This post discusses domestic abuse and suicidal thoughts. It might be triggering for some readers.
During a moment of vulnerability, I found myself reaching out to a helpline for women who were trying to remove themselves from domestic abuse and violence.
It wasn’t until I was told by the receiver that, “this sounds more like a relationship problem with you then abuse” that I realised the services in Australia designed to give women the strength, support and advice to remove themselves from oppressing relationships can often be just as suppressing as the situation you fled from.
My story is like thousands of others who have suffered domestic violence, but my story of navigating through the aftermath has just begun, and although there are many stories and experiences shared about the trauma of being in an abusive relationship, my focus has turned towards the systematic trauma women go through after leaving.
As a woman leaving an abusive relationship, let me tell you, without the visible bruises it’s a shameful experience trying to explain to services that you have suffered abuse.
I often found that during these moments, many services and individuals were unsure whether my experience could be labelled as abusive or violent.
Granted, I had others who sympathised, but that was quickly followed by procedures and pathways that left my situation not deemed “high risk” enough and left me with dead ends and barriers.
While I tried to build a protective force field with those who could actually do something, I had my ex and his family breathing down my neck, trying to drag me back.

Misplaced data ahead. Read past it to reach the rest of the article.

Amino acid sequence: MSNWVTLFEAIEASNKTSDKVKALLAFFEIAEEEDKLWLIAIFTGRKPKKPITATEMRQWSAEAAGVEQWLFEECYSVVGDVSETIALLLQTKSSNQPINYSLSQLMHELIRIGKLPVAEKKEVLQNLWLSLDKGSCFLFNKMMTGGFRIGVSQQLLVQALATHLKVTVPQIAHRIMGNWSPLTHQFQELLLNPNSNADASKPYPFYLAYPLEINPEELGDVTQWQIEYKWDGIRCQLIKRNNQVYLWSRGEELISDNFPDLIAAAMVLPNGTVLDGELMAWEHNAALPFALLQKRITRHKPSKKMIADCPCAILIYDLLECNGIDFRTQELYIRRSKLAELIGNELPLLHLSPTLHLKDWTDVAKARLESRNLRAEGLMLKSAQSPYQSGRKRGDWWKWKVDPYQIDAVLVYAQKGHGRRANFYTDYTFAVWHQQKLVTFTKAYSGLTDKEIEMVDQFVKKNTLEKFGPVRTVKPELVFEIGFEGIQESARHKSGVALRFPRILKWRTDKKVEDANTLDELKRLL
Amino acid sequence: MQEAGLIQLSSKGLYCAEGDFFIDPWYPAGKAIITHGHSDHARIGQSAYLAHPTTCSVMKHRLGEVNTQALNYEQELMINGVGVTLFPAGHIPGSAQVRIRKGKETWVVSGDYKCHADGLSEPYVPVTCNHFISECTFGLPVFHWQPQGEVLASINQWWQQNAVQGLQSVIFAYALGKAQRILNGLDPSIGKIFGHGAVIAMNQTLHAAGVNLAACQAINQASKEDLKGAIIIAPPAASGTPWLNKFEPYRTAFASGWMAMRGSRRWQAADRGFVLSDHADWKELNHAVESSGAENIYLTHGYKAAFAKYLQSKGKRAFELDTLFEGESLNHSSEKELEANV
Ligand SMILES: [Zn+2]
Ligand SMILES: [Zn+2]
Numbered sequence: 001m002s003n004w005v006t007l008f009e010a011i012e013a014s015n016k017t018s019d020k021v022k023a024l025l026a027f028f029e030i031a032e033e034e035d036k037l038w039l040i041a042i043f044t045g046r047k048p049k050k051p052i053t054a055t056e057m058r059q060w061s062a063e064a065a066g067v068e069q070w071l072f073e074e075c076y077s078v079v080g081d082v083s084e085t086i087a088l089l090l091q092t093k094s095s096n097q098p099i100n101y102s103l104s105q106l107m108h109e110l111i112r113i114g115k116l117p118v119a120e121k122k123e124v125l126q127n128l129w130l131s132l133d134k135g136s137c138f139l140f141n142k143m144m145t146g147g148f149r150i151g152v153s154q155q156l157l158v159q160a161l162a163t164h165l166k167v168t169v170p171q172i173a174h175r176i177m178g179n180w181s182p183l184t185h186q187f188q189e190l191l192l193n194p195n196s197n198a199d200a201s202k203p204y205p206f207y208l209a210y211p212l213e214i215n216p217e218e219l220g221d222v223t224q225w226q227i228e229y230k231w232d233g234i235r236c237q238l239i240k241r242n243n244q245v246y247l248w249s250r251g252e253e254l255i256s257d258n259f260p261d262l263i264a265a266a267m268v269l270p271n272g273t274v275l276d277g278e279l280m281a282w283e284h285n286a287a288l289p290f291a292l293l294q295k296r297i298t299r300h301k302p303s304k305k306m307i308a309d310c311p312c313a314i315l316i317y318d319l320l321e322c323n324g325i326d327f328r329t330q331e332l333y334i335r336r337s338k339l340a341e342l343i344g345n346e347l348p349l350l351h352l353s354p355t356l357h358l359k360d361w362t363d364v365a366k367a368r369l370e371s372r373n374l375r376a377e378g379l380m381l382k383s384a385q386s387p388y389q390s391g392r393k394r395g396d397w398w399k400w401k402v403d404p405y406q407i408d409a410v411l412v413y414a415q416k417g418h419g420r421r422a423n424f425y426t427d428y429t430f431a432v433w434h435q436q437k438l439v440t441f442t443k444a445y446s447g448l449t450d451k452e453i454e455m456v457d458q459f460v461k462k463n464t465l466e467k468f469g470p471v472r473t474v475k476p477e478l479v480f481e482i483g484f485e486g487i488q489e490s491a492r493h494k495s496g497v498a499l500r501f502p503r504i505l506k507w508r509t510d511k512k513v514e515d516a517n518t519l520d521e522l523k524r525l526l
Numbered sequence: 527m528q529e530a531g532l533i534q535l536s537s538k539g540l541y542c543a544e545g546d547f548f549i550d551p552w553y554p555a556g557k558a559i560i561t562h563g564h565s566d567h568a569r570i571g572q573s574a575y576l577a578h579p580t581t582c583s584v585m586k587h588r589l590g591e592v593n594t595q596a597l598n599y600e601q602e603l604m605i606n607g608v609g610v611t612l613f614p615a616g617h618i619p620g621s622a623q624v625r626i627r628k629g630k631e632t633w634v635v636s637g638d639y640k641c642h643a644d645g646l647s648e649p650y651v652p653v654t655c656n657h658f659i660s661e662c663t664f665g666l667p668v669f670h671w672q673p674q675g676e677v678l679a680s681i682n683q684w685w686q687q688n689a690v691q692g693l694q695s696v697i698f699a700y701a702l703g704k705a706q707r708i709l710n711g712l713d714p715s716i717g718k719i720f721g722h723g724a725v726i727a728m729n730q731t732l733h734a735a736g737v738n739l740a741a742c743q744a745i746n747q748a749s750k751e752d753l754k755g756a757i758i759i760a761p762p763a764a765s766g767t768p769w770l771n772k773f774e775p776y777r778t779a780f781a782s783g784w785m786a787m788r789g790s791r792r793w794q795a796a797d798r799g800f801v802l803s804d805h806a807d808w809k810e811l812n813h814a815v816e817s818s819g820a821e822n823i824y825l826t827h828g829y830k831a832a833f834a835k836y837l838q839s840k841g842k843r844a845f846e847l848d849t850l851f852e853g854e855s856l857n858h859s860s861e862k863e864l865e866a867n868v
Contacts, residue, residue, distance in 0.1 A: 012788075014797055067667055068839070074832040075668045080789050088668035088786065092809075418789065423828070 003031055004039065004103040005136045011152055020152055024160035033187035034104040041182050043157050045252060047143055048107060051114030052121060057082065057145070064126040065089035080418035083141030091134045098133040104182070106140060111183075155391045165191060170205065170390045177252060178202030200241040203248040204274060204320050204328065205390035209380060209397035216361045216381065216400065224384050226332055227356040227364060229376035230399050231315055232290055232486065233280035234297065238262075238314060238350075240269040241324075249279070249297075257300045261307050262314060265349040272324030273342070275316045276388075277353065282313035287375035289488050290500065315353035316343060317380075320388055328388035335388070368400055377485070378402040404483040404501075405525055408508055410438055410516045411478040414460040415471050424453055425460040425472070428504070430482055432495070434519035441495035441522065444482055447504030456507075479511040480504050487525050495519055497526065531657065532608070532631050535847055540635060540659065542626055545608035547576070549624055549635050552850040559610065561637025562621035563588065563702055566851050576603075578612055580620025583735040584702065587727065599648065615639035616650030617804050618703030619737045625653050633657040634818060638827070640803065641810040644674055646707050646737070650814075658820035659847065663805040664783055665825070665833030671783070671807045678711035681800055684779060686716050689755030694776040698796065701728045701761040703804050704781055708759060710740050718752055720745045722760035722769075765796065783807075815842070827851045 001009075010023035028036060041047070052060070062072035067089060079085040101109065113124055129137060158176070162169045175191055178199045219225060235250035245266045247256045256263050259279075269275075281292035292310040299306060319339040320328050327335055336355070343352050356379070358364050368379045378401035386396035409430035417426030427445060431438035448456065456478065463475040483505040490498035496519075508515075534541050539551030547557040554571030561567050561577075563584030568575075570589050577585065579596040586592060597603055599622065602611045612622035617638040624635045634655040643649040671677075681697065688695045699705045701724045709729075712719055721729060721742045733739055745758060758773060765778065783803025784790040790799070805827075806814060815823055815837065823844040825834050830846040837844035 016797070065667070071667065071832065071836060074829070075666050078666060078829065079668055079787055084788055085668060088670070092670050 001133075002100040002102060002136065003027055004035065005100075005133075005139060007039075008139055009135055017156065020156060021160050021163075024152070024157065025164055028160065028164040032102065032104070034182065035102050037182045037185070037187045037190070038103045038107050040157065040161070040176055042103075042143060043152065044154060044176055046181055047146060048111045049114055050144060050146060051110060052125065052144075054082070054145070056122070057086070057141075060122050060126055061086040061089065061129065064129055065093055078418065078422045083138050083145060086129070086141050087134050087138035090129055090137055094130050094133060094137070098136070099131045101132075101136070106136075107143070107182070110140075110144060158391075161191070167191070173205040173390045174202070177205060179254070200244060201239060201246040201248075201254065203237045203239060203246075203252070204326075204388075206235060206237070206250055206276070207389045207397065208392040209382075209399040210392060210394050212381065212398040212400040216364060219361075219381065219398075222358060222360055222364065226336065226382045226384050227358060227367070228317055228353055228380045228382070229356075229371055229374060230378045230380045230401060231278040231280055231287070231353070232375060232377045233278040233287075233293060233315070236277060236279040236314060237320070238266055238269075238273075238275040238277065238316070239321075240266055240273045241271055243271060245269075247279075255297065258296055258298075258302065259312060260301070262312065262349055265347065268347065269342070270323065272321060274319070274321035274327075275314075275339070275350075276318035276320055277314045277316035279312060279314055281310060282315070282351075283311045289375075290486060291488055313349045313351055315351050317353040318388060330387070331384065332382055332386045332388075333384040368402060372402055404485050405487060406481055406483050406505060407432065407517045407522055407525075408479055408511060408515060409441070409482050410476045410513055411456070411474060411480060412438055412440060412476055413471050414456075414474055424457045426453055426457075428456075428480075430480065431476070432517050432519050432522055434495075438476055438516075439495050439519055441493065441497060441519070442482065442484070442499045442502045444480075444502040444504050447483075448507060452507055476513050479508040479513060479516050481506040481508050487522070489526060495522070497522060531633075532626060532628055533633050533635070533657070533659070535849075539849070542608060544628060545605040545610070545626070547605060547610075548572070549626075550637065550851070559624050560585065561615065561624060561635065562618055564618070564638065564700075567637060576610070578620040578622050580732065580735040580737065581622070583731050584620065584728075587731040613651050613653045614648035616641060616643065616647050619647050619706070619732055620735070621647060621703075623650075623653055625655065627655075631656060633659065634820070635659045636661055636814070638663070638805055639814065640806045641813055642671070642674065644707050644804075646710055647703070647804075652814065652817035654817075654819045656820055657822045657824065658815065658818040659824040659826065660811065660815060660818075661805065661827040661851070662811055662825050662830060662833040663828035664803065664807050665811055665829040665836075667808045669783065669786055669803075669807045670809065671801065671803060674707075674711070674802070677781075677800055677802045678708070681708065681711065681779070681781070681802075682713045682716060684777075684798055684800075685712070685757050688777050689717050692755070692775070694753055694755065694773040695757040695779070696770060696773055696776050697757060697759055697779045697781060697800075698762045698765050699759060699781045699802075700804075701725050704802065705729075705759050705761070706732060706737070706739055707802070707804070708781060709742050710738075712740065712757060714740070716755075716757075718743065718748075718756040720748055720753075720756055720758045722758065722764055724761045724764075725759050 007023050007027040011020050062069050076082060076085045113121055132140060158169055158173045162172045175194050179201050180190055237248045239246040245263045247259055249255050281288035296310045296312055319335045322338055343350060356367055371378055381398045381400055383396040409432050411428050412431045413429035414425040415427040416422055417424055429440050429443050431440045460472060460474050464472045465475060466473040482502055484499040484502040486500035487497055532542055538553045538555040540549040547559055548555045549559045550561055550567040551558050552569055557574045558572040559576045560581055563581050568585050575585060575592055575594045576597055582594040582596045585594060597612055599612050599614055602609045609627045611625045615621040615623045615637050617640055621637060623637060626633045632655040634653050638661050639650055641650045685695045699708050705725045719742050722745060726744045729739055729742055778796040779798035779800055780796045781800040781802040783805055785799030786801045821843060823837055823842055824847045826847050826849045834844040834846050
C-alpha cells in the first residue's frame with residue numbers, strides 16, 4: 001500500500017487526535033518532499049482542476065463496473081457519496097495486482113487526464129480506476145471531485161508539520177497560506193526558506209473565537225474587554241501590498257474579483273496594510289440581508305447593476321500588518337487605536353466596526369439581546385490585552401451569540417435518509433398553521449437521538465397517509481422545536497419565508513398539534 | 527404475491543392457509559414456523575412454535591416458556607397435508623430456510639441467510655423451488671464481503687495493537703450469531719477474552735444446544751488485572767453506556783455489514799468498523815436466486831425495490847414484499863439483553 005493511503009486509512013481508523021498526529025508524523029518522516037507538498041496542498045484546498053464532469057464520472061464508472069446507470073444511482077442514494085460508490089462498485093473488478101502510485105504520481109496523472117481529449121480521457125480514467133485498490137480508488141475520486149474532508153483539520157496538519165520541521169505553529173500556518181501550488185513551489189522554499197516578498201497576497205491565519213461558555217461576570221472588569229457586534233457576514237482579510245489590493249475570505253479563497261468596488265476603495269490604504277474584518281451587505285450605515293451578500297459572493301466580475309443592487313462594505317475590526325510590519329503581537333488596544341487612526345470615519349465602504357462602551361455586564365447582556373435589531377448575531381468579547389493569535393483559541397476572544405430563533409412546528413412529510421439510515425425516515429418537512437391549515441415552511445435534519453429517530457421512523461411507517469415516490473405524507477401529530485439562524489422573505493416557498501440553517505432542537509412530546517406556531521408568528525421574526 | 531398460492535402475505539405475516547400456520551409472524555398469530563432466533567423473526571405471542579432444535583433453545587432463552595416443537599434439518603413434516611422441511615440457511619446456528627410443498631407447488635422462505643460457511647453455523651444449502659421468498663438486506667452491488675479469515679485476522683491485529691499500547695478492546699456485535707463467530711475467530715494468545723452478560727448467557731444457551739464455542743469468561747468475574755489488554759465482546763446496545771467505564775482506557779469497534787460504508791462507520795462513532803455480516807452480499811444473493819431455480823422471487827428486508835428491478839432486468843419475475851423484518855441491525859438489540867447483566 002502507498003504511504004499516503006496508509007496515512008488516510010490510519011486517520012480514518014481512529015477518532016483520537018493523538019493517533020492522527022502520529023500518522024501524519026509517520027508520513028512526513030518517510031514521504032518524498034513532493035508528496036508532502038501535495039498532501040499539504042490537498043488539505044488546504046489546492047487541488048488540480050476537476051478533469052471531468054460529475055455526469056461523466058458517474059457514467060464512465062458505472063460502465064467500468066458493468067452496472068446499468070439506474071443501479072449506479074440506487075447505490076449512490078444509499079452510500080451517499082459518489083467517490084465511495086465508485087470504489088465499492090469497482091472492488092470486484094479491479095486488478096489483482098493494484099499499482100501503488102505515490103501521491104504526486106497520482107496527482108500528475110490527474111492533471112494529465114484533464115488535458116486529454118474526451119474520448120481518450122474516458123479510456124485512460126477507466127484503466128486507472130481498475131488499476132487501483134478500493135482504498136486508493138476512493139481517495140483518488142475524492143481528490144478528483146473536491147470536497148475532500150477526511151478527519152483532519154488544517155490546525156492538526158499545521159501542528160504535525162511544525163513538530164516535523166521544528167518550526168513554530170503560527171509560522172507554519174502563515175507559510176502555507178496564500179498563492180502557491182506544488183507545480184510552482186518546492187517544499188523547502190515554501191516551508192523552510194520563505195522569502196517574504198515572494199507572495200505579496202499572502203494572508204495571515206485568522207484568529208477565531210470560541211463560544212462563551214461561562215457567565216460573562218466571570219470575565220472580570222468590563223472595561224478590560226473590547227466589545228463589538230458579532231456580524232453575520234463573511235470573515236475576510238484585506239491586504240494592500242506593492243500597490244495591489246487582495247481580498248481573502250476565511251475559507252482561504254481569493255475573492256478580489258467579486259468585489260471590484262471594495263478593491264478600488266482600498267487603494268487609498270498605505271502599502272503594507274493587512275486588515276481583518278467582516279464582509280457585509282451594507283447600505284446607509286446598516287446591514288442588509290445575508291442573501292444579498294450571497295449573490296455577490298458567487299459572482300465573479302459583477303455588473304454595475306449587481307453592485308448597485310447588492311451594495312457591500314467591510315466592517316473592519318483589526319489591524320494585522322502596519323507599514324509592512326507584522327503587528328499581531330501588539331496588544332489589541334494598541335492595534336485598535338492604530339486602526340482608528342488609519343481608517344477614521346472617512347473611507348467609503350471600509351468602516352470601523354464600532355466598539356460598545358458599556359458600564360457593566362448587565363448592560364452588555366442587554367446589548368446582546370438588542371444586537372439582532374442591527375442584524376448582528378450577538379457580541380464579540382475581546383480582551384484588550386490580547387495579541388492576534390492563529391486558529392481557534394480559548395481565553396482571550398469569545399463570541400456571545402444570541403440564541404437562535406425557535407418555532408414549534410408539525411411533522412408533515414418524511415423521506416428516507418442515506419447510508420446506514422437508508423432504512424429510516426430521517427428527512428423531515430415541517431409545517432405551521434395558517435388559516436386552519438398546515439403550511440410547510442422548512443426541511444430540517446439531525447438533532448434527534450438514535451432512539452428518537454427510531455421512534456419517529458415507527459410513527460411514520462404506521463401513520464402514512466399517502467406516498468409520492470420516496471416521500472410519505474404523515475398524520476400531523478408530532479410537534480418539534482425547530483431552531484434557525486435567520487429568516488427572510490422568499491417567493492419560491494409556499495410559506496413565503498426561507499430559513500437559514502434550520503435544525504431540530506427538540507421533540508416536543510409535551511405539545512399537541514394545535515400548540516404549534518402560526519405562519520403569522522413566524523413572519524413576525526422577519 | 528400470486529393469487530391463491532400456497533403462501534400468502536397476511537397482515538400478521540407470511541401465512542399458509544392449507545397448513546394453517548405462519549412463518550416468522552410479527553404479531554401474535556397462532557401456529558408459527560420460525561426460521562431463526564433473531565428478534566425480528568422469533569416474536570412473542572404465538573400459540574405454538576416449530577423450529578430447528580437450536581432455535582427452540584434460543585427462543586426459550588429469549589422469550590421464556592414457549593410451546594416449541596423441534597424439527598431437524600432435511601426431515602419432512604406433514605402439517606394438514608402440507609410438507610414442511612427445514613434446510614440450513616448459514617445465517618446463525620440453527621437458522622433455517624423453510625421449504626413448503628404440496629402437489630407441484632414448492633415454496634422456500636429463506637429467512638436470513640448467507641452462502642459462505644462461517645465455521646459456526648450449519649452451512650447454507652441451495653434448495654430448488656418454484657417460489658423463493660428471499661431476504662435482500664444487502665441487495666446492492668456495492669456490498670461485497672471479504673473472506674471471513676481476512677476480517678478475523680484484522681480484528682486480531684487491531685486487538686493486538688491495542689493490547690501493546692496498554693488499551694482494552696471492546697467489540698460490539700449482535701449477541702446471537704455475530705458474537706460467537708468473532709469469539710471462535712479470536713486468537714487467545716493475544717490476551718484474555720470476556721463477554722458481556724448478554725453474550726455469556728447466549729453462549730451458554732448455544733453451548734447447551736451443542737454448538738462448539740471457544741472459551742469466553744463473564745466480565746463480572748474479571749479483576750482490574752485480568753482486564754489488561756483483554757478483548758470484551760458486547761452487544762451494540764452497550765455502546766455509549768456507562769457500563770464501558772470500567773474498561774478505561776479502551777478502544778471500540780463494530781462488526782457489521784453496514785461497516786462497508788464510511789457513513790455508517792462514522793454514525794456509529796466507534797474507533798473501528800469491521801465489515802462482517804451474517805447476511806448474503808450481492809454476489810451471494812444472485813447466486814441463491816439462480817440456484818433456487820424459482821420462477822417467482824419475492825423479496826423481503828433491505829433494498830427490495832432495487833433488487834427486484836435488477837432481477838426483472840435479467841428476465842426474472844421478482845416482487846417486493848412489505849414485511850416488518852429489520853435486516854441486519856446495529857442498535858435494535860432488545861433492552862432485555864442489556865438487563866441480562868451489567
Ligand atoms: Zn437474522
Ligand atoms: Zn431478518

I desperately reached out to service after service, but the more I spoke, the less I was being heard.
I felt the strength in my voice wane; I felt my resolve cracking; I felt myself sink deeper and deeper into myself.
I began to make plans to take my own life, stupidly thinking that would validate my pain to others who then might actually listen.
But I wasn’t anyone important, not enough to be heard, I was just another unsatisfied house wife complaining, right?
That's how I was made to feel.
It was my baby girl who saved me. Looking up at me with her big eyes, I saw the unconditional love; I knew I was the only one she could find safety with.
I had taken her away from a situation that was unsafe, I could never let her suffer that insecurity again, especially caused by me.
I took my baby's hand, and I kissed her palm. If people wouldn't listen to me now, the least I could do was try to make sure those of her generation would be.
I recalled an article I had read while studying psychology. It was about coercive control and how it is a form of domestic abuse.